A Summit County judge recently sided with Karvo Co., a Stow asphalt company, in its dispute with the Ohio Department of Transportation (ODOT).
Summit County Common Pleas Judge Paul Gallagher, as one of his last actions before retiring Dec. 31, reversed the ODOT director’s decision to suspend Karvo for just over six months. Gallagher also ordered ODOT to reinstate Karvo’s certificate of qualification and to eliminate any references to the company’s suspension.
ODOT claimed Karvo failed to comply with state requirements to hire economically disadvantaged subcontractors. Karvo, however, denied the allegation and sued.
Karvo leaders hailed Gallagher’s Dec. 20 ruling as a victory.
“We are gratified that the Summit County Common Pleas Court recently ruled in Karvo Companies’ favor in our lawsuit against the Ohio Department of Transportation, upholding Karvo’s business practices and the reputation we’ve worked tirelessly to build up and maintain over the years,” George Karvounides, Karvo’s CEO, said in a prepared statement.
ODOT officials are deciding how to proceed in light of Gallagher’s 32-page decision.
“We are reviewing our legal options right now,” Matt Bruning, an ODOT spokesman, said on Monday.
Karvo sued ODOT in February, appealing an administrative order that month by ODOT Director Jerry Wray that revoked Karvo’s certificate of qualification for six months and nine days. Companies are required to have this certificate to bid on state projects. Wray made the order retroactive to Sept. 22, which was when the agency first issued a revocation notice and Karvo became ineligible to be awarded state work.
ODOT claimed Karvo failed to meet the state agency’s requirements for the Disadvantaged Business Enterprise and Encouraging Diversity, Growth & Equity programs, which aim to support small and economically disadvantaged businesses.
The company appealed ODOT’s decision and a hearing was held, with the hearing officer siding with ODOT. Karvo then filed its lawsuit.
Karvo was founded more than 30 years ago by a Greek immigrant family, growing to the point that it had 300 employees and generated more than $85 million in gross revenue annually.
Karvounides compared ODOT’s suspension to a “death sentence” because the company relies so much on contracts for state projects. He said the company missed out on numerous projects and lost several employees who left to find other work.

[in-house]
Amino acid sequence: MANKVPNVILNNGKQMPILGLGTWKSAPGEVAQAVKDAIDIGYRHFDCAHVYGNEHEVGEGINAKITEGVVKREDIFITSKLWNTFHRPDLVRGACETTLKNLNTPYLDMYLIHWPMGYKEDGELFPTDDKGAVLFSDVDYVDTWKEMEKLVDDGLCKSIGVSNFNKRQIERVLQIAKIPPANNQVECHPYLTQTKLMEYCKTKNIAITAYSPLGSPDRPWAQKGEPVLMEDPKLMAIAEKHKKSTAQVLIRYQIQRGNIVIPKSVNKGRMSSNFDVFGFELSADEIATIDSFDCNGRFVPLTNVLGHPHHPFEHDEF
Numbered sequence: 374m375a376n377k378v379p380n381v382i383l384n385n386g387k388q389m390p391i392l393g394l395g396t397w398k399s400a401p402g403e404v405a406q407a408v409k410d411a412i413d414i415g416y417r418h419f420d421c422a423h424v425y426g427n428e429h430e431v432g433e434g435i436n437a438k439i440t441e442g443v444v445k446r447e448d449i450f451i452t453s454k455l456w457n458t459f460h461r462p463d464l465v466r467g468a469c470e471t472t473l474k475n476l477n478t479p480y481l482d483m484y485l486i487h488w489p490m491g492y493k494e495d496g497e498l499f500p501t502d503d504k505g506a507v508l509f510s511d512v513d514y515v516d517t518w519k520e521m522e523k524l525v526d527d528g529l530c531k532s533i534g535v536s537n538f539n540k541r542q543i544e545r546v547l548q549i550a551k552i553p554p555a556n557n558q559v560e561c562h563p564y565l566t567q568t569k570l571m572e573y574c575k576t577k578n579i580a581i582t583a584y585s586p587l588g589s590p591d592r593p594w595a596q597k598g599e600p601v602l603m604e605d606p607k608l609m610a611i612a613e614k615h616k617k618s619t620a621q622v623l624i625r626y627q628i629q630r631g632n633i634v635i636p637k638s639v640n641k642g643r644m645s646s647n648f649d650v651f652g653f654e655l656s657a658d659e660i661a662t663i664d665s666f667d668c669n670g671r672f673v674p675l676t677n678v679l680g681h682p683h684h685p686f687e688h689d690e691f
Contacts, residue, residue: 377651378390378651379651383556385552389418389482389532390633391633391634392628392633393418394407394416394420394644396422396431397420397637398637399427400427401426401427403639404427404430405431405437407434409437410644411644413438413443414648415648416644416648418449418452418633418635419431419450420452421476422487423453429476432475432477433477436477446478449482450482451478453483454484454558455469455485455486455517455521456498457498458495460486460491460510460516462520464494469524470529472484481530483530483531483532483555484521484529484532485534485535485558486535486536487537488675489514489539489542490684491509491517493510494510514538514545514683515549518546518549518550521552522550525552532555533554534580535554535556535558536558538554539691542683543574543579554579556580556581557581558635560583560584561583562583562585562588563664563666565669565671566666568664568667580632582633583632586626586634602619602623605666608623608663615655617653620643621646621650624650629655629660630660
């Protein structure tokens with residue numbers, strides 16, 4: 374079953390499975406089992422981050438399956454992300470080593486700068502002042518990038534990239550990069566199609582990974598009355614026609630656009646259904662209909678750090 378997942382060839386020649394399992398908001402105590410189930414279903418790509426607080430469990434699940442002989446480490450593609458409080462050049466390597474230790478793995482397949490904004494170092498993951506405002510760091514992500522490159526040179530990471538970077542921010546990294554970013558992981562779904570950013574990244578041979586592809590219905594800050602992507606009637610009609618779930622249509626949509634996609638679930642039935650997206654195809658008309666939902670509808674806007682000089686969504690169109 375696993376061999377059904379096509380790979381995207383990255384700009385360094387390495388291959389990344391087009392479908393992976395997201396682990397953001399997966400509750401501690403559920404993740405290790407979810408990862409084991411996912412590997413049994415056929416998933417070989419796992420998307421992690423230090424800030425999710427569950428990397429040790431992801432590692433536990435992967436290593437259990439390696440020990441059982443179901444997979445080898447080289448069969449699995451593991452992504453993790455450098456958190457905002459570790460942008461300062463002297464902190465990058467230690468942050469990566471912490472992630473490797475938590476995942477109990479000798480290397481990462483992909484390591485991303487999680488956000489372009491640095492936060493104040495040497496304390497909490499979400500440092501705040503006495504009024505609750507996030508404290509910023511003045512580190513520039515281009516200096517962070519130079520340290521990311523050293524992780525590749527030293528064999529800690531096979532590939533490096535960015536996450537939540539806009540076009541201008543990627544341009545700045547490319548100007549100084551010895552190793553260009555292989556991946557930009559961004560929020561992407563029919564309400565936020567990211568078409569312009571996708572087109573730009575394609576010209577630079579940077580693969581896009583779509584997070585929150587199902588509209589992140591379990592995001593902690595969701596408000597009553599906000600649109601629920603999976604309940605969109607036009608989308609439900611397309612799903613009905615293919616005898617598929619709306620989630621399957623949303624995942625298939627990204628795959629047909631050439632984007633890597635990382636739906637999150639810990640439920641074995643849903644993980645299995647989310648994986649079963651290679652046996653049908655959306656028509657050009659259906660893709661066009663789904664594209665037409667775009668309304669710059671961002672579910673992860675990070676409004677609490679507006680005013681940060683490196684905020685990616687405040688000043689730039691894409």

In April, Gallagher suspended Wray’s administrative order pending the outcome of the lawsuit. This meant Karvo could bid on state projects again.
In his December decision, Gallagher said ODOT should have allowed Karvo to have a hearing sooner in the process than it was granted. He said the agency shouldn’t have introduced evidence on Karvo projects during the hearing that weren’t included in a letter sent to the company in September 2017. The company mentioned 15 projects in its letter but presented evidence on another 60 projects, according to court records.
Gallagher said Karvo provided additional documentation to ODOT on many of the projects the agency questioned, but ODOT didn’t respond about whether this documentation was sufficient.
“There is no reliable, probative, or substantial evidence to support” ODOT’s allegations, Gallagher said repeatedly in his ruling.
Gallagher declined to address Karvo’s claim that the Ohio Administrative Code is unconstitutionally vague on the required threshold for ODOT’s goals. The company argues the code permits ODOT to revoke a certificate of qualification for failure to meet Disadvantaged Business Enterprise and Encouraging Diversity, Growth & Equity program goals absent a “good faith effort,” but it is unclear what evidence equates to a “good faith effort.”
Karvounides said the company has and will continue to use economically disadvantaged businesses. He thanked employees, friends and colleagues who stood by the company during this challenging period.
“We appreciate our long and successful partnership with ODOT and, while we had to fight these false allegations to defend our company and our name, we look forward to continuing the important repaving and roadway work we do together with ODOT and numerous Ohio communities,” Karvounides said.
Jud Scheaf, one of Karvo’s Columbus attorneys, said Gallagher “got it right” and his decision supported what Karvo has been saying.
“The harm to Karvo’s reputation was enormous,” he said. “We are delighted to take this first step in correcting that.”
Stephanie Warsmith can be reached at 330-996-3705, email@example.com and on Twitter: @swarsmithabj.